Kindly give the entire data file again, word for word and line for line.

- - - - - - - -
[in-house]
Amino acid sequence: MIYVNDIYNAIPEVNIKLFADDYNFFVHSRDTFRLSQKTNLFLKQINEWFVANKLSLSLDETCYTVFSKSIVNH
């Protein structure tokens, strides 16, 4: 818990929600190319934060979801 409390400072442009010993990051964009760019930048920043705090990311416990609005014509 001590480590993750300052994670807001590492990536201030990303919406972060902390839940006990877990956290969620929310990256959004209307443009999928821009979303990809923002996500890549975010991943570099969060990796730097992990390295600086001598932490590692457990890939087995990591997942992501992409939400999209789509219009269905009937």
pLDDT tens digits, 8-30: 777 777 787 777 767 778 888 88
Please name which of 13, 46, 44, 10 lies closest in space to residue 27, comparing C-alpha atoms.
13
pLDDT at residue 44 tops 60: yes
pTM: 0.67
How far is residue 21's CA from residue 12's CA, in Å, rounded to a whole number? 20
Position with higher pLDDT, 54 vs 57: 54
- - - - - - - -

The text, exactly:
[in-house]
Amino acid sequence: MIYVNDIYNAIPEVNIKLFADDYNFFVHSRDTFRLSQKTNLFLKQINEWFVANKLSLSLDETCYTVFSKSIVNH
């Protein structure tokens, strides 16, 4: 818990929600190319934060979801 409390400072442009010993990051964009760019930048920043705090990311416990609005014509 001590480590993750300052994670807001590492990536201030990303919406972060902390839940006990877990956290969620929310990256959004209307443009999928821009979303990809923002996500890549975010991943570099969060990796730097992990390295600086001598932490590692457990890939087995990591997942992501992409939400999209789509219009269905009937």
pLDDT tens digits, 8-30: 777 777 787 777 767 778 888 88
Please name which of 13, 46, 44, 10 lies closest in space to residue 27, comparing C-alpha atoms.
13
pLDDT at residue 44 tops 60: yes
pTM: 0.67
How far is residue 21's CA from residue 12's CA, in Å, rounded to a whole number? 20
Position with higher pLDDT, 54 vs 57: 54